An inside view focuses on internals of the case at hand, while an outside view compares this case to other similar cases. The less you understand about something the harder it is to apply either an inside or an outside view. So the simplest approach would be to just do the best you could with each view and then combine their results in some simple way.
It is not a dichotomy: you should use as much evidence as you can get your hands on. It is wrong to use strictly outside or strictly inside views, if you can do better using information about both (and, really, there is no strong distinction between different levels of description, some of them more "outsidey", some of them more "insidey"). There are cases when a particular representation is misleading misleading for humans, due to the framing bias and its friends, but it doesn't extend to the general case.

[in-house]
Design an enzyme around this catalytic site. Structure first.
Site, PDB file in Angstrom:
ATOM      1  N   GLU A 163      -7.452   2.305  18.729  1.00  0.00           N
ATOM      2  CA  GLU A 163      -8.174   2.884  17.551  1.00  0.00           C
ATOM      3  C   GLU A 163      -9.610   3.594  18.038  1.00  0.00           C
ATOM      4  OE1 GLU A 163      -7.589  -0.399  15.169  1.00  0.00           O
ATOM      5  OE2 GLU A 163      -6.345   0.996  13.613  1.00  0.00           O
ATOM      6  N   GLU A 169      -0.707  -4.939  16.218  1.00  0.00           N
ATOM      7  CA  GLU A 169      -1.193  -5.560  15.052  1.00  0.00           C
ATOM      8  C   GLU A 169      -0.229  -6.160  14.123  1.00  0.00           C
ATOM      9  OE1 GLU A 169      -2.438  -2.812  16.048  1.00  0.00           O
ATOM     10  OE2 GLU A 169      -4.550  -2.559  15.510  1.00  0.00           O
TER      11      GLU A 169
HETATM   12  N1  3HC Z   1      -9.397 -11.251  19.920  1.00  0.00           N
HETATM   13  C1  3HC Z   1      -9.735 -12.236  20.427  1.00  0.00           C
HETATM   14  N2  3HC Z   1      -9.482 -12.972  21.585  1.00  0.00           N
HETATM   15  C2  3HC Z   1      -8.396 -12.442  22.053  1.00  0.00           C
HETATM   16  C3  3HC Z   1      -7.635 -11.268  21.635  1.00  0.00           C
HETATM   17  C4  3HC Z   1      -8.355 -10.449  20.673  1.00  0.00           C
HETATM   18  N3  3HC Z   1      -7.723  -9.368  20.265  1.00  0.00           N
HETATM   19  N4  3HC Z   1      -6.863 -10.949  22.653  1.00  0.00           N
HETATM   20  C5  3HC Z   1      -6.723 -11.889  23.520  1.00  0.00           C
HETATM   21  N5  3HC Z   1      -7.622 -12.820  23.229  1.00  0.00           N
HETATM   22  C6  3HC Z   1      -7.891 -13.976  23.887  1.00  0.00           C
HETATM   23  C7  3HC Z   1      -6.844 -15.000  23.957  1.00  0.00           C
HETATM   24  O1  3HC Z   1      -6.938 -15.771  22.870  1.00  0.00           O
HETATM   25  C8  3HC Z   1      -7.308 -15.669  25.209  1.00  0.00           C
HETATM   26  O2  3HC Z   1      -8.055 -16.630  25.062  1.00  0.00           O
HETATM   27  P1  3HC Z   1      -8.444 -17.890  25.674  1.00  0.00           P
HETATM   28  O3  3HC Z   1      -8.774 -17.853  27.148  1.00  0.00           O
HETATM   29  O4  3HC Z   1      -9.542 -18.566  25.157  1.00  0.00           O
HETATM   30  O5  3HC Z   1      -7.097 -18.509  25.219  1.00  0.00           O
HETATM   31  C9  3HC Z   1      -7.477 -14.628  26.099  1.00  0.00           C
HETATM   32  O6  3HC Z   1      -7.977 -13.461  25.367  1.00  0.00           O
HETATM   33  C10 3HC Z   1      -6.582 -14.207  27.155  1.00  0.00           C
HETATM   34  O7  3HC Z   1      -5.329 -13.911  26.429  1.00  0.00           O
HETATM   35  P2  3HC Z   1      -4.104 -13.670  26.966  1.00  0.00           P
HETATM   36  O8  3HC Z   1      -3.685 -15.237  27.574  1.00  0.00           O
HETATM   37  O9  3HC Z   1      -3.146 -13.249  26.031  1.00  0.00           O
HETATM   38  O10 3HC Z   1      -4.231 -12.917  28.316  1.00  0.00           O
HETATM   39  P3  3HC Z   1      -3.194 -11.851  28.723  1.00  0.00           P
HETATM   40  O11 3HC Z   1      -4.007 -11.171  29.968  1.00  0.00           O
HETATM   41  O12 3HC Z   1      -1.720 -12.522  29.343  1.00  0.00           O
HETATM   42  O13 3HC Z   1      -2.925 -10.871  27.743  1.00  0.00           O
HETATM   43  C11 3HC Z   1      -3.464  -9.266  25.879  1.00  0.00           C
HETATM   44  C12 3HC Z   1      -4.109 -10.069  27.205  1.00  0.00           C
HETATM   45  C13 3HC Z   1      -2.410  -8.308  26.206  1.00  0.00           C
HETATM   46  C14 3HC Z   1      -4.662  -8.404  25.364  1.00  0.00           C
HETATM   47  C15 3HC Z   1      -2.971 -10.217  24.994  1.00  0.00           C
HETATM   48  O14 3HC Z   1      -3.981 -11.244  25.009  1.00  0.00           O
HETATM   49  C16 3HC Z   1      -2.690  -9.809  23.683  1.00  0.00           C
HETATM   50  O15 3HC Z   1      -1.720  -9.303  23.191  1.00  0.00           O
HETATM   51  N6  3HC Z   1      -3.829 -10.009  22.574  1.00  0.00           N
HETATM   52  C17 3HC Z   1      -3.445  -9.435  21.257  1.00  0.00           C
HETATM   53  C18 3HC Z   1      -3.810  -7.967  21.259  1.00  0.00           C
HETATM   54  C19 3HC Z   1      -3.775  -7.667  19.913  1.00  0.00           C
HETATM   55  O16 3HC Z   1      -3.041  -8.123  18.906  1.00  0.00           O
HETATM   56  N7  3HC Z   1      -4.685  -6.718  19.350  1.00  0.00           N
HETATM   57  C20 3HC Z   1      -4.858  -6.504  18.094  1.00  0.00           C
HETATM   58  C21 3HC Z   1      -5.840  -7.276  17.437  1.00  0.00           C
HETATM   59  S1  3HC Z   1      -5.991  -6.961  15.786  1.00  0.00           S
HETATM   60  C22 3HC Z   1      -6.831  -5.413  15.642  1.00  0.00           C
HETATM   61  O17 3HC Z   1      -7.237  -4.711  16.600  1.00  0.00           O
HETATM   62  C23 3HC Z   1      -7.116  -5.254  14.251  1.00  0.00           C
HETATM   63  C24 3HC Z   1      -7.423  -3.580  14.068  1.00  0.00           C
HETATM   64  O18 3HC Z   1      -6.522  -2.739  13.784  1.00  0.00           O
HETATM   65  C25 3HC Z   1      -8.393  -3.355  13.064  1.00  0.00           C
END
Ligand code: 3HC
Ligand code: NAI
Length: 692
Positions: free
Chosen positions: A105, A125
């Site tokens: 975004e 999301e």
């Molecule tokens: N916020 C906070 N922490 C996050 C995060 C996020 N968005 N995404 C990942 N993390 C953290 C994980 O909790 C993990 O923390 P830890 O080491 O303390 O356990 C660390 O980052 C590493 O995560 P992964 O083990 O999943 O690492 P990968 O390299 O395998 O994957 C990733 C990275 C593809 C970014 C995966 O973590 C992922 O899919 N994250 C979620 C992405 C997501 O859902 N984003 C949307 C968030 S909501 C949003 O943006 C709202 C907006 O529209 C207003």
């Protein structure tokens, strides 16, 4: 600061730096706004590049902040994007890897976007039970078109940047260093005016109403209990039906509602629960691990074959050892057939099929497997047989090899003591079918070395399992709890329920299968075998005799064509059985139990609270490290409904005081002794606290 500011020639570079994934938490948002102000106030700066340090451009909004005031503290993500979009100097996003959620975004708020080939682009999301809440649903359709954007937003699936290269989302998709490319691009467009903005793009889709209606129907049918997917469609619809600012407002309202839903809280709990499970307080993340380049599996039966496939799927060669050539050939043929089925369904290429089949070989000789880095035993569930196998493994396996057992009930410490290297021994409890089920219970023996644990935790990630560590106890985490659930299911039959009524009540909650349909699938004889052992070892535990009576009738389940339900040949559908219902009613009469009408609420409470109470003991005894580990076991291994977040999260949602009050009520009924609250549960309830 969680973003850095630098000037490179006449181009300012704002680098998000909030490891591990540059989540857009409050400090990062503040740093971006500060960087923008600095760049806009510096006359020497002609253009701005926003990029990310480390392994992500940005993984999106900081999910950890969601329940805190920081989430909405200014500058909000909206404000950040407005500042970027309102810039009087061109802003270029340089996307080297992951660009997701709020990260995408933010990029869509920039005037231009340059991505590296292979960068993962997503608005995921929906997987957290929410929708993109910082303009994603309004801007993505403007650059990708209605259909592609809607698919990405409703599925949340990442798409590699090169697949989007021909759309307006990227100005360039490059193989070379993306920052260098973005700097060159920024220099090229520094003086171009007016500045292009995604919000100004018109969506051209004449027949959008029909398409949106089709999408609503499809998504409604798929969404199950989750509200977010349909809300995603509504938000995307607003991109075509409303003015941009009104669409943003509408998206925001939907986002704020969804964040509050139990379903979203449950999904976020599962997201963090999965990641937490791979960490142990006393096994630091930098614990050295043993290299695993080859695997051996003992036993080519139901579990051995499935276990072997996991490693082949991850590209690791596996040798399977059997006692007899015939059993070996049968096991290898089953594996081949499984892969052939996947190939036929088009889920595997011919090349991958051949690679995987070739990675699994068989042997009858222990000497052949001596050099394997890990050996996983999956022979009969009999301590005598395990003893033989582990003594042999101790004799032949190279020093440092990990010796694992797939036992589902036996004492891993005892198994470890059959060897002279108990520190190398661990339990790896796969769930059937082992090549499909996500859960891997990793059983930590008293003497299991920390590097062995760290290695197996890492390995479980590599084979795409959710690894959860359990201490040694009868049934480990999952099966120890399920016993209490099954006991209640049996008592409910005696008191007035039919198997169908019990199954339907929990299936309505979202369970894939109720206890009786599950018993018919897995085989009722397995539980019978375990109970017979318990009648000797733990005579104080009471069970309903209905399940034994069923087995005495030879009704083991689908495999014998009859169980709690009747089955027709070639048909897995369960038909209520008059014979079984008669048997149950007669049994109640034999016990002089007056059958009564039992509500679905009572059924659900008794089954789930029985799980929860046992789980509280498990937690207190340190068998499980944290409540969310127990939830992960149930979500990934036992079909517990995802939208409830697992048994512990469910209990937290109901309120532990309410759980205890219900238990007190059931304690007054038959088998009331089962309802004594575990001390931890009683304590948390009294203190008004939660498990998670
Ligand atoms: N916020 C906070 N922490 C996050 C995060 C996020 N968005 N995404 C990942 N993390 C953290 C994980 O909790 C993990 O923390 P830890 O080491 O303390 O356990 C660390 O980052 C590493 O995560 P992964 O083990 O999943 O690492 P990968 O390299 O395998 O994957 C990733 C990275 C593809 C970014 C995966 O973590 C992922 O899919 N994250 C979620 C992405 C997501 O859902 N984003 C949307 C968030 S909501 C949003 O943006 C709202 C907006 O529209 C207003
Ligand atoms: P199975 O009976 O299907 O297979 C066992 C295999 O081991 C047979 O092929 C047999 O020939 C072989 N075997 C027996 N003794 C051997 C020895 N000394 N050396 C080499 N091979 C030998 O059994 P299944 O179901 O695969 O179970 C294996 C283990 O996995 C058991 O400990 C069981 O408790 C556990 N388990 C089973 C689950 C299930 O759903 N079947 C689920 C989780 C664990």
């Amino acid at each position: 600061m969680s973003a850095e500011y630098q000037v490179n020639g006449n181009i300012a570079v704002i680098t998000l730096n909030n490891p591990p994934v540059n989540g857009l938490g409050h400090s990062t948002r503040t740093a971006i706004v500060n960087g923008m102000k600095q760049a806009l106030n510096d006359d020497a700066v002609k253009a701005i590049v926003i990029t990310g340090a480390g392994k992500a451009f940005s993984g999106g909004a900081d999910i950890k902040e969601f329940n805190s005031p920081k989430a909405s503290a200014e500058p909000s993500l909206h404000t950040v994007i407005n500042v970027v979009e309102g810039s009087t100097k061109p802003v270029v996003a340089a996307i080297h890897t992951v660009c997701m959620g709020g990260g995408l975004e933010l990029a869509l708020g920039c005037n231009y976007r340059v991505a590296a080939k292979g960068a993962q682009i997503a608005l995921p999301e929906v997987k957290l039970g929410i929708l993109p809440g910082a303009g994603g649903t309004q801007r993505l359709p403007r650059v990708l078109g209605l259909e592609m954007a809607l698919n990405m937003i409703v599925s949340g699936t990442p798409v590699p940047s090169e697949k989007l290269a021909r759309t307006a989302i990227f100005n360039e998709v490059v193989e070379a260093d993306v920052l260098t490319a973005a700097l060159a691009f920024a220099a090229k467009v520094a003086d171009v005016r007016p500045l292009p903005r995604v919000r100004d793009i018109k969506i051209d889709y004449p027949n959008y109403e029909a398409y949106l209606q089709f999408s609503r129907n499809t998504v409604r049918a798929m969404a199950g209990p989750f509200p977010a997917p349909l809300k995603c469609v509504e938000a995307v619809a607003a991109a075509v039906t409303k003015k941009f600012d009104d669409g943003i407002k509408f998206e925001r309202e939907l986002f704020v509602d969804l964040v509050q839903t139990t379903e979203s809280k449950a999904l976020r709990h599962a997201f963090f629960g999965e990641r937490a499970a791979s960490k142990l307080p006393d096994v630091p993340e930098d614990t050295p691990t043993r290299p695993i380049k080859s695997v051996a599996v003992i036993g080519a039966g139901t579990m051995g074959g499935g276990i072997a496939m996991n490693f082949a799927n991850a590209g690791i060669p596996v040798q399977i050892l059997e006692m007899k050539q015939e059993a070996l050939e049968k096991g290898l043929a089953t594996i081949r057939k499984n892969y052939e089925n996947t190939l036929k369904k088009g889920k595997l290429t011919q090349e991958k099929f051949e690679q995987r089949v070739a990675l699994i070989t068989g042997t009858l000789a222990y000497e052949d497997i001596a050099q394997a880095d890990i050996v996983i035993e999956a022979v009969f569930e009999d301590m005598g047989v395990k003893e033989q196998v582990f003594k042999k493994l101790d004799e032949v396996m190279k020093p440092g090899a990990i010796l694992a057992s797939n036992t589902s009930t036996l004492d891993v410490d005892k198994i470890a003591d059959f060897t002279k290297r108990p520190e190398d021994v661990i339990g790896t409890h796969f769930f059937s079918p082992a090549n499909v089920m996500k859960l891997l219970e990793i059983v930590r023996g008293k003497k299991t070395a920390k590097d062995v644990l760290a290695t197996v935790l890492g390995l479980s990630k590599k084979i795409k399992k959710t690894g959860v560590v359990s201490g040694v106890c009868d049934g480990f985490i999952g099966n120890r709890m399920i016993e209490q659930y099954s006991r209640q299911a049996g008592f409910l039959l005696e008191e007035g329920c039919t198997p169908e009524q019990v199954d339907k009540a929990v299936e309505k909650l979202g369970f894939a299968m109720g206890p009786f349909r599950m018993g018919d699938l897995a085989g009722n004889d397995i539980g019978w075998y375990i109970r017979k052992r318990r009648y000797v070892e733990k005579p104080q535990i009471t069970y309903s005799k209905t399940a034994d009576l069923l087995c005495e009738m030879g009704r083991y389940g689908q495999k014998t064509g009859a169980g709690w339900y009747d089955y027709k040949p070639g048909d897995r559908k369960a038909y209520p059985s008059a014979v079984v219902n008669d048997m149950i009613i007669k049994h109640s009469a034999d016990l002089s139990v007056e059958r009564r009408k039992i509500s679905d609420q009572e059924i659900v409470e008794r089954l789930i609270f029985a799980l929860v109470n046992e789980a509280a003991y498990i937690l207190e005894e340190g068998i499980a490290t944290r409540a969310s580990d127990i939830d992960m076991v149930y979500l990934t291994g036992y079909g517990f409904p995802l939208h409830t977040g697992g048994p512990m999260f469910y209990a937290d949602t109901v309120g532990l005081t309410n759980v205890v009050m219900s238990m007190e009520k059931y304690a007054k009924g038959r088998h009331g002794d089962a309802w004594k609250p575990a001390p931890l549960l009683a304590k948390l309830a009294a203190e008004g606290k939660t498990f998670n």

Level, that seems to be Eliezer's meta-view. It isn't very useful, though; he argued for it by denying the principle of all induction, as I illustrated in the comments on his post on Surface Analogies.
Taboo "outside view" and "inside view" please.
So perhaps the only useful outside view is the meta-view that inside views are preferable to outside views in all basic cases?